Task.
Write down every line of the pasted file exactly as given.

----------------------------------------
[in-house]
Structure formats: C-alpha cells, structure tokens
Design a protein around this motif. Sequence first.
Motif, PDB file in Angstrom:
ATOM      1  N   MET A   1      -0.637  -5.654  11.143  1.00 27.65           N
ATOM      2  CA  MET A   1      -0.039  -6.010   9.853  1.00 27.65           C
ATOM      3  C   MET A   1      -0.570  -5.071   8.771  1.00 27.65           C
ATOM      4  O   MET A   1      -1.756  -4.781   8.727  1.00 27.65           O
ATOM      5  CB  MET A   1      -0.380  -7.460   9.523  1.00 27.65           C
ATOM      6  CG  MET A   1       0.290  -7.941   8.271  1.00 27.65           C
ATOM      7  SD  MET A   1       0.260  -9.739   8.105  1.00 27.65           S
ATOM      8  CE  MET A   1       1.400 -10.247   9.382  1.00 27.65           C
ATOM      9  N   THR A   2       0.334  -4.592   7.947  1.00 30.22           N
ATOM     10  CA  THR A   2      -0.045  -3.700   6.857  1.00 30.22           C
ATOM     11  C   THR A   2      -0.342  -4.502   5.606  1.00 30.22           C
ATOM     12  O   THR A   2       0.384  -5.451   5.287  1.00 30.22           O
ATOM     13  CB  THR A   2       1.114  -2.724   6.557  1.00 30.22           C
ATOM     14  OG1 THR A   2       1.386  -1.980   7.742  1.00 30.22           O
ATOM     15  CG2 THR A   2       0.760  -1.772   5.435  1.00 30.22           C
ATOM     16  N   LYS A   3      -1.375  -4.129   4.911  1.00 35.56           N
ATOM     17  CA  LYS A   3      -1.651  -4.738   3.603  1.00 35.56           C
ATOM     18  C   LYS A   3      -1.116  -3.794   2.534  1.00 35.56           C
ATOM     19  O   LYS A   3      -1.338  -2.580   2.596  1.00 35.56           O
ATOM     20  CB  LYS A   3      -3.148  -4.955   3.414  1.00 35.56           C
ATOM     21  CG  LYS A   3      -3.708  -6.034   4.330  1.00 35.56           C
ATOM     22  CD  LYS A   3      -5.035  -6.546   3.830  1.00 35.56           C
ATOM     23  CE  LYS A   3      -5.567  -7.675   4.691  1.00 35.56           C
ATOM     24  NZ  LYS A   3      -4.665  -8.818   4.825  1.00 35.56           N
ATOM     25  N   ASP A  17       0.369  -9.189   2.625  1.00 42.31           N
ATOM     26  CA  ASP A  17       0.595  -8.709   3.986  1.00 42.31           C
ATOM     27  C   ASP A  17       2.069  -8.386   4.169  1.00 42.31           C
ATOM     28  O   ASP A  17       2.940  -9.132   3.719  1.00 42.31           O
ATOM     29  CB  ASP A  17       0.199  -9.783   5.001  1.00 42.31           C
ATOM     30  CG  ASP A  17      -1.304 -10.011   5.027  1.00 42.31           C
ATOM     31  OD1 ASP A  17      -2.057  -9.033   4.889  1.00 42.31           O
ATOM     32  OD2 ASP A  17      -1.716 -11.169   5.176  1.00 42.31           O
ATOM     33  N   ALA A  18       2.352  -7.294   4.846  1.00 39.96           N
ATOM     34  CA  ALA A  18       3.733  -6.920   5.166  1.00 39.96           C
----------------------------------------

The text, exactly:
[in-house]
Structure formats: C-alpha cells, structure tokens
Design a protein around this motif. Sequence first.
Motif, PDB file in Angstrom:
ATOM      1  N   MET A   1      -0.637  -5.654  11.143  1.00 27.65           N
ATOM      2  CA  MET A   1      -0.039  -6.010   9.853  1.00 27.65           C
ATOM      3  C   MET A   1      -0.570  -5.071   8.771  1.00 27.65           C
ATOM      4  O   MET A   1      -1.756  -4.781   8.727  1.00 27.65           O
ATOM      5  CB  MET A   1      -0.380  -7.460   9.523  1.00 27.65           C
ATOM      6  CG  MET A   1       0.290  -7.941   8.271  1.00 27.65           C
ATOM      7  SD  MET A   1       0.260  -9.739   8.105  1.00 27.65           S
ATOM      8  CE  MET A   1       1.400 -10.247   9.382  1.00 27.65           C
ATOM      9  N   THR A   2       0.334  -4.592   7.947  1.00 30.22           N
ATOM     10  CA  THR A   2      -0.045  -3.700   6.857  1.00 30.22           C
ATOM     11  C   THR A   2      -0.342  -4.502   5.606  1.00 30.22           C
ATOM     12  O   THR A   2       0.384  -5.451   5.287  1.00 30.22           O
ATOM     13  CB  THR A   2       1.114  -2.724   6.557  1.00 30.22           C
ATOM     14  OG1 THR A   2       1.386  -1.980   7.742  1.00 30.22           O
ATOM     15  CG2 THR A   2       0.760  -1.772   5.435  1.00 30.22           C
ATOM     16  N   LYS A   3      -1.375  -4.129   4.911  1.00 35.56           N
ATOM     17  CA  LYS A   3      -1.651  -4.738   3.603  1.00 35.56           C
ATOM     18  C   LYS A   3      -1.116  -3.794   2.534  1.00 35.56           C
ATOM     19  O   LYS A   3      -1.338  -2.580   2.596  1.00 35.56           O
ATOM     20  CB  LYS A   3      -3.148  -4.955   3.414  1.00 35.56           C
ATOM     21  CG  LYS A   3      -3.708  -6.034   4.330  1.00 35.56           C
ATOM     22  CD  LYS A   3      -5.035  -6.546   3.830  1.00 35.56           C
ATOM     23  CE  LYS A   3      -5.567  -7.675   4.691  1.00 35.56           C
ATOM     24  NZ  LYS A   3      -4.665  -8.818   4.825  1.00 35.56           N
ATOM     25  N   ASP A  17       0.369  -9.189   2.625  1.00 42.31           N
ATOM     26  CA  ASP A  17       0.595  -8.709   3.986  1.00 42.31           C
ATOM     27  C   ASP A  17       2.069  -8.386   4.169  1.00 42.31           C
ATOM     28  O   ASP A  17       2.940  -9.132   3.719  1.00 42.31           O
ATOM     29  CB  ASP A  17       0.199  -9.783   5.001  1.00 42.31           C
ATOM     30  CG  ASP A  17      -1.304 -10.011   5.027  1.00 42.31           C
ATOM     31  OD1 ASP A  17      -2.057  -9.033   4.889  1.00 42.31           O
ATOM     32  OD2 ASP A  17      -1.716 -11.169   5.176  1.00 42.31           O
ATOM     33  N   ALA A  18       2.352  -7.294   4.846  1.00 39.96           N
ATOM     34  CA  ALA A  18       3.733  -6.920   5.166  1.00 39.96           C